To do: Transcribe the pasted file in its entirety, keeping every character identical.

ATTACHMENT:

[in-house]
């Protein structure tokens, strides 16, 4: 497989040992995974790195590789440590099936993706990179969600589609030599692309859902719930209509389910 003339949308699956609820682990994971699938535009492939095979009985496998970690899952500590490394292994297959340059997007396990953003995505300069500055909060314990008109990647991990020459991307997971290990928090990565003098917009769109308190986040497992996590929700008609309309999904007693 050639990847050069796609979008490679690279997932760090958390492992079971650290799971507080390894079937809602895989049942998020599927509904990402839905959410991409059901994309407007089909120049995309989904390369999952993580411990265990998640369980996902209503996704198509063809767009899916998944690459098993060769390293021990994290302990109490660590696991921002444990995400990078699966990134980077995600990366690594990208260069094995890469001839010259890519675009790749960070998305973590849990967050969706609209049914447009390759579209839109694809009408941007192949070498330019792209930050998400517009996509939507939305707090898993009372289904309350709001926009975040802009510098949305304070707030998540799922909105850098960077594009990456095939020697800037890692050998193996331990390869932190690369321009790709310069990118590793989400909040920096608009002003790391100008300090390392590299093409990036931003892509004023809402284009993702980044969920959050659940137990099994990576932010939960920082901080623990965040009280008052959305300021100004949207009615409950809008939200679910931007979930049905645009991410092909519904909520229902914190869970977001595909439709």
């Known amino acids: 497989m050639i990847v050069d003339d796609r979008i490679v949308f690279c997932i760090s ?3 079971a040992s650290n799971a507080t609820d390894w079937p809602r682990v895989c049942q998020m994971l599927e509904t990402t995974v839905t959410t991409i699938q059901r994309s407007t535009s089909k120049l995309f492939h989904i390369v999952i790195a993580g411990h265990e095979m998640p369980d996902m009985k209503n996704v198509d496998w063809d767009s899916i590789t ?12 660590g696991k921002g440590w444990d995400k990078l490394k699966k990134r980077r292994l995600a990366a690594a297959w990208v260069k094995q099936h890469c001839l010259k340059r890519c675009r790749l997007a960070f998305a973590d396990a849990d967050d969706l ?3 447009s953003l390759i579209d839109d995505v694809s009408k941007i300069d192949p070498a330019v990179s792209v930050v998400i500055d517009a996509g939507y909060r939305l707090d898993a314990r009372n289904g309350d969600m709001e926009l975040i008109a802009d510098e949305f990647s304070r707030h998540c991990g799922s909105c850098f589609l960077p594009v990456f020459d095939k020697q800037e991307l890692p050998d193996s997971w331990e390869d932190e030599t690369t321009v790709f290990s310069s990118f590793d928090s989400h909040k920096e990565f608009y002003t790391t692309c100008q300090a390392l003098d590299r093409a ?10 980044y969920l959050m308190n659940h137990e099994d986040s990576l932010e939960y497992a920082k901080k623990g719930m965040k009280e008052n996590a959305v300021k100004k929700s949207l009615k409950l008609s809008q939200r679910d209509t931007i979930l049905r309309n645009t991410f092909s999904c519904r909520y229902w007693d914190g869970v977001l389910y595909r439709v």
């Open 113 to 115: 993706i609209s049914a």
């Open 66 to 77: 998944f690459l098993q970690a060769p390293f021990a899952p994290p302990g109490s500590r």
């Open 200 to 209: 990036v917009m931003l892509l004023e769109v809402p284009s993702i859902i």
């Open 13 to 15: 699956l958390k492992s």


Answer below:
[in-house]
């Protein structure tokens, strides 16, 4: 497989040992995974790195590789440590099936993706990179969600589609030599692309859902719930209509389910 003339949308699956609820682990994971699938535009492939095979009985496998970690899952500590490394292994297959340059997007396990953003995505300069500055909060314990008109990647991990020459991307997971290990928090990565003098917009769109308190986040497992996590929700008609309309999904007693 050639990847050069796609979008490679690279997932760090958390492992079971650290799971507080390894079937809602895989049942998020599927509904990402839905959410991409059901994309407007089909120049995309989904390369999952993580411990265990998640369980996902209503996704198509063809767009899916998944690459098993060769390293021990994290302990109490660590696991921002444990995400990078699966990134980077995600990366690594990208260069094995890469001839010259890519675009790749960070998305973590849990967050969706609209049914447009390759579209839109694809009408941007192949070498330019792209930050998400517009996509939507939305707090898993009372289904309350709001926009975040802009510098949305304070707030998540799922909105850098960077594009990456095939020697800037890692050998193996331990390869932190690369321009790709310069990118590793989400909040920096608009002003790391100008300090390392590299093409990036931003892509004023809402284009993702980044969920959050659940137990099994990576932010939960920082901080623990965040009280008052959305300021100004949207009615409950809008939200679910931007979930049905645009991410092909519904909520229902914190869970977001595909439709």
């Known amino acids: 497989m050639i990847v050069d003339d796609r979008i490679v949308f690279c997932i760090s ?3 079971a040992s650290n799971a507080t609820d390894w079937p809602r682990v895989c049942q998020m994971l599927e509904t990402t995974v839905t959410t991409i699938q059901r994309s407007t535009s089909k120049l995309f492939h989904i390369v999952i790195a993580g411990h265990e095979m998640p369980d996902m009985k209503n996704v198509d496998w063809d767009s899916i590789t ?12 660590g696991k921002g440590w444990d995400k990078l490394k699966k990134r980077r292994l995600a990366a690594a297959w990208v260069k094995q099936h890469c001839l010259k340059r890519c675009r790749l997007a960070f998305a973590d396990a849990d967050d969706l ?3 447009s953003l390759i579209d839109d995505v694809s009408k941007i300069d192949p070498a330019v990179s792209v930050v998400i500055d517009a996509g939507y909060r939305l707090d898993a314990r009372n289904g309350d969600m709001e926009l975040i008109a802009d510098e949305f990647s304070r707030h998540c991990g799922s909105c850098f589609l960077p594009v990456f020459d095939k020697q800037e991307l890692p050998d193996s997971w331990e390869d932190e030599t690369t321009v790709f290990s310069s990118f590793d928090s989400h909040k920096e990565f608009y002003t790391t692309c100008q300090a390392l003098d590299r093409a ?10 980044y969920l959050m308190n659940h137990e099994d986040s990576l932010e939960y497992a920082k901080k623990g719930m965040k009280e008052n996590a959305v300021k100004k929700s949207l009615k409950l008609s809008q939200r679910d209509t931007i979930l049905r309309n645009t991410f092909s999904c519904r909520y229902w007693d914190g869970v977001l389910y595909r439709v």
């Open 113 to 115: 993706i609209s049914a």
């Open 66 to 77: 998944f690459l098993q970690a060769p390293f021990a899952p994290p302990g109490s500590r």
């Open 200 to 209: 990036v917009m931003l892509l004023e769109v809402p284009s993702i859902i």
């Open 13 to 15: 699956l958390k492992s």